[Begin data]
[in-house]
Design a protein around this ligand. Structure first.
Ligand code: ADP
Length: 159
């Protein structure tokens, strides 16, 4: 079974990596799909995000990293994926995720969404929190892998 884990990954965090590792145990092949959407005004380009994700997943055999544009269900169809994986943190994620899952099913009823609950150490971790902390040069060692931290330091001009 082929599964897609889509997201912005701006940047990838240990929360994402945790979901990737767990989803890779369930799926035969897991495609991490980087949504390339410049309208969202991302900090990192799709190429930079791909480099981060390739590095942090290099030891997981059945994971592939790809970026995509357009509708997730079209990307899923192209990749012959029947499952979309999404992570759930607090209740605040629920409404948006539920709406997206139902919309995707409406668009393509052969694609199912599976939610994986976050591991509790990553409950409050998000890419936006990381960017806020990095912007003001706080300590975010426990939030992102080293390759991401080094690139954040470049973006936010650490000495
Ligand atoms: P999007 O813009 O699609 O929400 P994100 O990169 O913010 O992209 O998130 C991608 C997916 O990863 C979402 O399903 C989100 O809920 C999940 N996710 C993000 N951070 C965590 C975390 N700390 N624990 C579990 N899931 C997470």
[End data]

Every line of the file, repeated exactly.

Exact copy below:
[in-house]
Design a protein around this ligand. Structure first.
Ligand code: ADP
Length: 159
């Protein structure tokens, strides 16, 4: 079974990596799909995000990293994926995720969404929190892998 884990990954965090590792145990092949959407005004380009994700997943055999544009269900169809994986943190994620899952099913009823609950150490971790902390040069060692931290330091001009 082929599964897609889509997201912005701006940047990838240990929360994402945790979901990737767990989803890779369930799926035969897991495609991490980087949504390339410049309208969202991302900090990192799709190429930079791909480099981060390739590095942090290099030891997981059945994971592939790809970026995509357009509708997730079209990307899923192209990749012959029947499952979309999404992570759930607090209740605040629920409404948006539920709406997206139902919309995707409406668009393509052969694609199912599976939610994986976050591991509790990553409950409050998000890419936006990381960017806020990095912007003001706080300590975010426990939030992102080293390759991401080094690139954040470049973006936010650490000495
Ligand atoms: P999007 O813009 O699609 O929400 P994100 O990169 O913010 O992209 O998130 C991608 C997916 O990863 C979402 O399903 C989100 O809920 C999940 N996710 C993000 N951070 C965590 C975390 N700390 N624990 C579990 N899931 C997470």